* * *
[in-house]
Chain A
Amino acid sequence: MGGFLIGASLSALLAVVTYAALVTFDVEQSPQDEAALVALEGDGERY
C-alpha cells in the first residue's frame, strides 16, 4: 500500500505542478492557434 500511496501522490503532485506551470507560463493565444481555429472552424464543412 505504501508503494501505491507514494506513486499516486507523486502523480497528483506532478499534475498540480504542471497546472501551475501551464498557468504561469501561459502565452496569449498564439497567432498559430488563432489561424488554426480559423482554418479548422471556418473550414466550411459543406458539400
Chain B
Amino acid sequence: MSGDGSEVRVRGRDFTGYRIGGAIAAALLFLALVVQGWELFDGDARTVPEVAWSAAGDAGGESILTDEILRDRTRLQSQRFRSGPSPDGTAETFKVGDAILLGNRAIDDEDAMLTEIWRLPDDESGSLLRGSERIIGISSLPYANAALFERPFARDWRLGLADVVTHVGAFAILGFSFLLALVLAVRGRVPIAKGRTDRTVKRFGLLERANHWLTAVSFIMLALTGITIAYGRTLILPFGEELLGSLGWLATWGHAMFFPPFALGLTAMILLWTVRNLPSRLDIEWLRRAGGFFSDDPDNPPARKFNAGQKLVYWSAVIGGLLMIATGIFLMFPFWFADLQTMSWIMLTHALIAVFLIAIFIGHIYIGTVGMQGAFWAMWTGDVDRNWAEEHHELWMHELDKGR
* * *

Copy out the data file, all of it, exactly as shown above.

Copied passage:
[in-house]
Chain A
Amino acid sequence: MGGFLIGASLSALLAVVTYAALVTFDVEQSPQDEAALVALEGDGERY
C-alpha cells in the first residue's frame, strides 16, 4: 500500500505542478492557434 500511496501522490503532485506551470507560463493565444481555429472552424464543412 505504501508503494501505491507514494506513486499516486507523486502523480497528483506532478499534475498540480504542471497546472501551475501551464498557468504561469501561459502565452496569449498564439497567432498559430488563432489561424488554426480559423482554418479548422471556418473550414466550411459543406458539400
Chain B
Amino acid sequence: MSGDGSEVRVRGRDFTGYRIGGAIAAALLFLALVVQGWELFDGDARTVPEVAWSAAGDAGGESILTDEILRDRTRLQSQRFRSGPSPDGTAETFKVGDAILLGNRAIDDEDAMLTEIWRLPDDESGSLLRGSERIIGISSLPYANAALFERPFARDWRLGLADVVTHVGAFAILGFSFLLALVLAVRGRVPIAKGRTDRTVKRFGLLERANHWLTAVSFIMLALTGITIAYGRTLILPFGEELLGSLGWLATWGHAMFFPPFALGLTAMILLWTVRNLPSRLDIEWLRRAGGFFSDDPDNPPARKFNAGQKLVYWSAVIGGLLMIATGIFLMFPFWFADLQTMSWIMLTHALIAVFLIAIFIGHIYIGTVGMQGAFWAMWTGDVDRNWAEEHHELWMHELDKGR